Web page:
Will new OSHA resources and proposals better protect CT workers?

Working day in and day out, most people in New Haven County, Connecticut, do not have much time to worry about the risk of getting hurt. Sadly, though, workplace injuries do occur frequently, with 3 million on the job injuries occurring in 2012 alone, according to the Occupational Safety and Health Administration.

OSHA has recently announced two changes that may help protect workers against preventable injuries. These measures will hopefully be successful, but it is still important for workers to understand their rights in the event that they are hurt on the job.

Transparency and new resources

Through press releases published in October and November, OSHA announced a few changes that are either proposed or already in effect. These included:

  • Changing the way that occupational disease and personal injury are tracked
  • Reporting disease and injury statistics online
  • Updating resources for workers who deal with hazardous chemicals
  • Providing a decision-making toolkit for people working with hazardous chemicals

OSHA has already released new Annotated Permissible Exposure Limits tables for employees who work with hazardous chemicals. The PEL tables, which limit the amount of a substance that can safely be in the air, were first created over four decades ago. The new tables reflect recent advances in knowledge of hazardous chemicals. OSHA has also released a toolkit to help workers determine if they could use a safe chemical rather than a hazardous one.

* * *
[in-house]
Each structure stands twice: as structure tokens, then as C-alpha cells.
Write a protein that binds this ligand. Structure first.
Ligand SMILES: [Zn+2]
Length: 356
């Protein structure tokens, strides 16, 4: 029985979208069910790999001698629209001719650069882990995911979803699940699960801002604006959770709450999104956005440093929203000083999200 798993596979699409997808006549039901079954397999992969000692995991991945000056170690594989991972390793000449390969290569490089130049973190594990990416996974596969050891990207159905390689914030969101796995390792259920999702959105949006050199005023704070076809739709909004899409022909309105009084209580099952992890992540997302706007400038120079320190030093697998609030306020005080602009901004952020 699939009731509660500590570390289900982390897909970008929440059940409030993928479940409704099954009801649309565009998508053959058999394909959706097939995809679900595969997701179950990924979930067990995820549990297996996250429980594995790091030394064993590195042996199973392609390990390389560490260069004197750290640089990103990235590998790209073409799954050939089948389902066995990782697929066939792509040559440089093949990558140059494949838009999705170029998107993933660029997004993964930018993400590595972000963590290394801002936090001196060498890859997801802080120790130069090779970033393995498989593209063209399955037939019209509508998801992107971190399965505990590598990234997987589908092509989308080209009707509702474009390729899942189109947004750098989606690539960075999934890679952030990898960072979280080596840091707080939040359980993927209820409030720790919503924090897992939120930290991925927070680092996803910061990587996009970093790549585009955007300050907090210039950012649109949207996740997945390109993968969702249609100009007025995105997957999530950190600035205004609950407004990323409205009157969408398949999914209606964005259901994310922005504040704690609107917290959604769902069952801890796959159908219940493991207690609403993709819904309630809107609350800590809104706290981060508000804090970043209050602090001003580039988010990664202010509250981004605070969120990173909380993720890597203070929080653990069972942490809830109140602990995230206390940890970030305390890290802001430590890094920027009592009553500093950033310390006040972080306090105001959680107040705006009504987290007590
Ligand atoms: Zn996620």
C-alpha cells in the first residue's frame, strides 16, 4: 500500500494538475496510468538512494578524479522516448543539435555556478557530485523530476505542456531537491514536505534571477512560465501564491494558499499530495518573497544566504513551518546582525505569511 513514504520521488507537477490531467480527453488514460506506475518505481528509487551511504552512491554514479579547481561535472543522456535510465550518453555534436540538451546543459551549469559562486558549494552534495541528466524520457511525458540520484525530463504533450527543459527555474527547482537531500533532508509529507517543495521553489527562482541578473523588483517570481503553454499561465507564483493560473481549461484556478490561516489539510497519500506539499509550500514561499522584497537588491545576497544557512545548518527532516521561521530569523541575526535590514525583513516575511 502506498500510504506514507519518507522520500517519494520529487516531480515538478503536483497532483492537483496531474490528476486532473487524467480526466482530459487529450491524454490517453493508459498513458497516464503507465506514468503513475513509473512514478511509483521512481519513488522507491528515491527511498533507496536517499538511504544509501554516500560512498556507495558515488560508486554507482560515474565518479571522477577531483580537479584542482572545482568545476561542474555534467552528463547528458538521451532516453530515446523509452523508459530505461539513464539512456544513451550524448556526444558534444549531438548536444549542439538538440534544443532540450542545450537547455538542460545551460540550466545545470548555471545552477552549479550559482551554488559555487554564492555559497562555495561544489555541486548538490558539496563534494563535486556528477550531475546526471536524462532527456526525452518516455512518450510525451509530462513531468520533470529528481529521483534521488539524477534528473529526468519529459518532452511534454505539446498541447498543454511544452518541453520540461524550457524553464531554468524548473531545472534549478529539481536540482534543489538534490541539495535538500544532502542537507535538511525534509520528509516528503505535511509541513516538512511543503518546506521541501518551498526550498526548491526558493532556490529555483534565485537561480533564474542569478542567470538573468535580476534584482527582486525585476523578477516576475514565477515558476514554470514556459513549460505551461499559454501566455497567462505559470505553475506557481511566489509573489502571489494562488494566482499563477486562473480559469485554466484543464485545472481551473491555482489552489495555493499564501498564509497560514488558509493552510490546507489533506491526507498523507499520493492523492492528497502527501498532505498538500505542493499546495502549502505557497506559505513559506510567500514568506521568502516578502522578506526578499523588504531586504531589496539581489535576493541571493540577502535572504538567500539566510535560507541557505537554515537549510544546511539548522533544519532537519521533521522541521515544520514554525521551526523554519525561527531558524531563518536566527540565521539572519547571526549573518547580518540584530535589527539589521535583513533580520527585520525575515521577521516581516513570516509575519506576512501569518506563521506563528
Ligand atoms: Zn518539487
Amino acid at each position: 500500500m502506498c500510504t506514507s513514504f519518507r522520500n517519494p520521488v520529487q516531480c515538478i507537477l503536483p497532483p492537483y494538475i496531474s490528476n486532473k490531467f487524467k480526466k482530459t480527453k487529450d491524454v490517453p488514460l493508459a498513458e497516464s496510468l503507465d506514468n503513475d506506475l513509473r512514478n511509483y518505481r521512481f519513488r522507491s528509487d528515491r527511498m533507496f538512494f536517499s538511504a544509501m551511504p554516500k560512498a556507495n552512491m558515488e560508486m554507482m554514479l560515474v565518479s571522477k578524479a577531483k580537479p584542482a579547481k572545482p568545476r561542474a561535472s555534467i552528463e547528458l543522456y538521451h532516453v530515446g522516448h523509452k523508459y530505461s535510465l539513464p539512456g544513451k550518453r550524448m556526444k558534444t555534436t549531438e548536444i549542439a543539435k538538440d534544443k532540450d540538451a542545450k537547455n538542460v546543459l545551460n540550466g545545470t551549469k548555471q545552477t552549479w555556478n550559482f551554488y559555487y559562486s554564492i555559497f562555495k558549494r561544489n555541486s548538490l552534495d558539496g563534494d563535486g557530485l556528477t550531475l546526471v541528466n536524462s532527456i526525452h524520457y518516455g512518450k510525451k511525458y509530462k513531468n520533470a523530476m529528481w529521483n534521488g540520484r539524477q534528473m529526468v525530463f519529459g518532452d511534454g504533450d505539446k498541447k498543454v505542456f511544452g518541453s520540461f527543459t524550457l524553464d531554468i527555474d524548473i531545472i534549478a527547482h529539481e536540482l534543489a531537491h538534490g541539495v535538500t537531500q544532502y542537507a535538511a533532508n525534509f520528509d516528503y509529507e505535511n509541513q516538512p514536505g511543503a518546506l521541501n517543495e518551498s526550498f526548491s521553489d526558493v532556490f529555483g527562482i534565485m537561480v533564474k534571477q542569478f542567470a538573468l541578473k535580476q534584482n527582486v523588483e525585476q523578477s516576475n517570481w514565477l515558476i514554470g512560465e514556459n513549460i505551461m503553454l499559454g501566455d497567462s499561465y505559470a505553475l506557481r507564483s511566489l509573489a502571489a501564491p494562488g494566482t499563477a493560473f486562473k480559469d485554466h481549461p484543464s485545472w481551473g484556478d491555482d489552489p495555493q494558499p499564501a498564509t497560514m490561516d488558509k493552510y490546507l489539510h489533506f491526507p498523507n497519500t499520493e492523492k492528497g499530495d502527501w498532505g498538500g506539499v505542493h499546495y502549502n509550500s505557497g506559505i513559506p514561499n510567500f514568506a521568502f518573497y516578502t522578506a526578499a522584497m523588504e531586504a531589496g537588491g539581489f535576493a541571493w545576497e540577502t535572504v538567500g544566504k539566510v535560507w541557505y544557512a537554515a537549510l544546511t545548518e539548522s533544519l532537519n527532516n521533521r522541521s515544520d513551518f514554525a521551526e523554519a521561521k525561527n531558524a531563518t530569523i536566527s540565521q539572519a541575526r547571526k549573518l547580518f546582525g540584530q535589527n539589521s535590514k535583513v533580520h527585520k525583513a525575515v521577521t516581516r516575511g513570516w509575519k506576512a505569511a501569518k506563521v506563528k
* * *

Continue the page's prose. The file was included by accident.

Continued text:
Changes to injury tracking and online publishing of statistics are just proposals at this point. First, OSHA is proposing that workplaces submit the injury and illness records that they already maintain on a more frequent basis. Most workplaces would send in reports quarterly, while those in industries with higher injury or illness rates would send in an annual report. Better access to this data will help OSHA pinpoint industries with high workplace incident rates.

Sharing this data online, meanwhile, will increase transparency and allow employers or employees to compare their workplace injury rates to those at other companies. This could have a significant impact and give employers better incentive to actively prevent workplace injuries. Unfortunately, these measures won't be able to stop every workplace injury from occurring.

Workplace injury help

Workers who are hurt on the job may be entitled to workers' compensation, depending on the circumstances. Injuries that can be covered include:

  • Falls
  • Repetitive trauma
  • Mechanical accidents
  • Occupational diseases
  • Negligence by co-workers

If an employer has violated OSHA's regulations and an employee is hurt as a result, workers' compensation is also usually owed. Unfortunately, even when workers have a right to compensation, it can sometimes be difficult to obtain.

If you have suffered from a workplace injury or had a workers' compensation claim denied, it is important that you speak with an attorney to improve your likelihood of receiving your compensation.